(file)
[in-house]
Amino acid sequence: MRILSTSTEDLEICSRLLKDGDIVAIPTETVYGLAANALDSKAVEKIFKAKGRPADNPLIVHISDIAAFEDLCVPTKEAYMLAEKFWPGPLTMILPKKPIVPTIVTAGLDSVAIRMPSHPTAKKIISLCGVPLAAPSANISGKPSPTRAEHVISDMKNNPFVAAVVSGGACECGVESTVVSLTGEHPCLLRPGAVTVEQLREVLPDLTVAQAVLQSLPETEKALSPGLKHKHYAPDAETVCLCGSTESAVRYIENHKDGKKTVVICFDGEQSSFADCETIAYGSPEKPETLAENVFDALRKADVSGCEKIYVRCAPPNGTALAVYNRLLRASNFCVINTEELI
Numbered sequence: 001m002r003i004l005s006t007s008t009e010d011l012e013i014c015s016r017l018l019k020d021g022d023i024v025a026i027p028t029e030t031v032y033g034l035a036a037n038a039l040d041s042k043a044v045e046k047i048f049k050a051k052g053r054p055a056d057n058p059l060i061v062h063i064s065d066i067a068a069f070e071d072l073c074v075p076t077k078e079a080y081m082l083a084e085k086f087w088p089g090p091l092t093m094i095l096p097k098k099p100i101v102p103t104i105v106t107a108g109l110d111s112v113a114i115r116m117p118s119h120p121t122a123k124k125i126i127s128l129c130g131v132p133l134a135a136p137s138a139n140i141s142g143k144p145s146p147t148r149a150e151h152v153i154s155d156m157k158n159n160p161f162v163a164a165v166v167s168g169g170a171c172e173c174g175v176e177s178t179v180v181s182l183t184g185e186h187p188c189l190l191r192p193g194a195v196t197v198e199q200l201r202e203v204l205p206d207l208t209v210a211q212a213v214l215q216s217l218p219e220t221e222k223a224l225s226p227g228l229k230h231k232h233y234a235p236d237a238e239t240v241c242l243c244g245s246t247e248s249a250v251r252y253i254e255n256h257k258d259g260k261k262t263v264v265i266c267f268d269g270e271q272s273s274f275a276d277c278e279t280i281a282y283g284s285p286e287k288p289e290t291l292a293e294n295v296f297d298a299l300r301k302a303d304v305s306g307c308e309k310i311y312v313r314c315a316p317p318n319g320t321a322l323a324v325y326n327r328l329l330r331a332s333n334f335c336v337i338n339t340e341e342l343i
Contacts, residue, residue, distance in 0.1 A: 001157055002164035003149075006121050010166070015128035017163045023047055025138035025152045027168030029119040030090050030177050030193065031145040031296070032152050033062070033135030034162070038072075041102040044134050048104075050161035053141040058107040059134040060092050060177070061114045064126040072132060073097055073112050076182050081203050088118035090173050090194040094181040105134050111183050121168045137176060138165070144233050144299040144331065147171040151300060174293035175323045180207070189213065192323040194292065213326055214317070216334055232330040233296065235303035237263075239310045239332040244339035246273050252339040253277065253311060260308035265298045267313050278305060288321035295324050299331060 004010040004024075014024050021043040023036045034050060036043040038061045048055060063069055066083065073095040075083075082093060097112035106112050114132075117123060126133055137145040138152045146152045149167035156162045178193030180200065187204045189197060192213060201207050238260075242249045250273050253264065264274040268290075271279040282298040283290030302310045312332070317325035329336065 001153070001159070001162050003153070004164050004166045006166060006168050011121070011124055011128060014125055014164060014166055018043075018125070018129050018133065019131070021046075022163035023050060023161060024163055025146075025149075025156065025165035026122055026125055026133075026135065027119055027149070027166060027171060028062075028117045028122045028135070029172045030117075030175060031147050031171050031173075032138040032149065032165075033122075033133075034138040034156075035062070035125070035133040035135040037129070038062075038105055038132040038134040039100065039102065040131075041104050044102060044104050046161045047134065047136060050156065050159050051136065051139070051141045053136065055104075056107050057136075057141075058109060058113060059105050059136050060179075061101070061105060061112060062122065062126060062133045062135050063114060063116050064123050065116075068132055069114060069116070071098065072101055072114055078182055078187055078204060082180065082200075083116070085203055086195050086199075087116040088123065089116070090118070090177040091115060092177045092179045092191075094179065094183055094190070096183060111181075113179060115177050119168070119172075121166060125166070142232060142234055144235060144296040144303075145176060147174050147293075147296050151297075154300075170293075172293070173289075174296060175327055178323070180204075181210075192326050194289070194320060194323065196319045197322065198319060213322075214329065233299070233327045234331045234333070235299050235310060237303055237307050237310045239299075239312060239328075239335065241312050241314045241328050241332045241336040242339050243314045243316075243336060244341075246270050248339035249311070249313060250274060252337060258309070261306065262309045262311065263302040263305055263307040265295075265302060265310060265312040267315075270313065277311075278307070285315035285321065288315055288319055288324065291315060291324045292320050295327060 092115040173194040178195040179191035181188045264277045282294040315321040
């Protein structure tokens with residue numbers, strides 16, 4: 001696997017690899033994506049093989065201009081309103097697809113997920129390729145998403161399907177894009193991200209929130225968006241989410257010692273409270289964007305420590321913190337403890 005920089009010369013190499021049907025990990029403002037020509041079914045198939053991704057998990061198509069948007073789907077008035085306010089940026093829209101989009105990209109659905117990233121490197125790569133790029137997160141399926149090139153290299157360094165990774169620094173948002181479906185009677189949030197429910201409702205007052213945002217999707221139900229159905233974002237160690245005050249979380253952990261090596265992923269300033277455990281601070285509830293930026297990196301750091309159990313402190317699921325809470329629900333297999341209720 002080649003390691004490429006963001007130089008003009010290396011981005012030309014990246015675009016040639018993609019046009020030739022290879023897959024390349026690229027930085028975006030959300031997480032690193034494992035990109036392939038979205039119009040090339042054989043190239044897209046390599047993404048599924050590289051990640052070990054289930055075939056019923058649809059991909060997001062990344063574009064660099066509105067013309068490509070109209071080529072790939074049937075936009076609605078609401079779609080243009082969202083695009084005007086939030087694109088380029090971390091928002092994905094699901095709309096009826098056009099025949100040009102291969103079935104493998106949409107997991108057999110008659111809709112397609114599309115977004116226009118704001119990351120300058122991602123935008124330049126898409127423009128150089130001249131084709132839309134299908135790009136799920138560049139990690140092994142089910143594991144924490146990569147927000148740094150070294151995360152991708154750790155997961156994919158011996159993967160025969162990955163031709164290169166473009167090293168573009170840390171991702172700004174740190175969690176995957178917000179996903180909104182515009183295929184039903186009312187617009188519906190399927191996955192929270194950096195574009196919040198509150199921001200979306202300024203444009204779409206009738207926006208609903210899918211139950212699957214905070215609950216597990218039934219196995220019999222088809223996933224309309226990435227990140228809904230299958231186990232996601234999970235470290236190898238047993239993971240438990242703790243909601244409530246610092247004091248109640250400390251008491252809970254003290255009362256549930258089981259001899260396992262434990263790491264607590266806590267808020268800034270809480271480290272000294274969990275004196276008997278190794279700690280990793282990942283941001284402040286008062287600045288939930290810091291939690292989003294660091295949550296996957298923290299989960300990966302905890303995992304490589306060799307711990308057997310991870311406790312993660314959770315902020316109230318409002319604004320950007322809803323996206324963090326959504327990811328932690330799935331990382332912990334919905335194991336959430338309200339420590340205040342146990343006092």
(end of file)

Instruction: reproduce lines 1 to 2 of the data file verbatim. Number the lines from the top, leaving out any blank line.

[in-house]
Amino acid sequence: MRILSTSTEDLEICSRLLKDGDIVAIPTETVYGLAANALDSKAVEKIFKAKGRPADNPLIVHISDIAAFEDLCVPTKEAYMLAEKFWPGPLTMILPKKPIVPTIVTAGLDSVAIRMPSHPTAKKIISLCGVPLAAPSANISGKPSPTRAEHVISDMKNNPFVAAVVSGGACECGVESTVVSLTGEHPCLLRPGAVTVEQLREVLPDLTVAQAVLQSLPETEKALSPGLKHKHYAPDAETVCLCGSTESAVRYIENHKDGKKTVVICFDGEQSSFADCETIAYGSPEKPETLAENVFDALRKADVSGCEKIYVRCAPPNGTALAVYNRLLRASNFCVINTEELI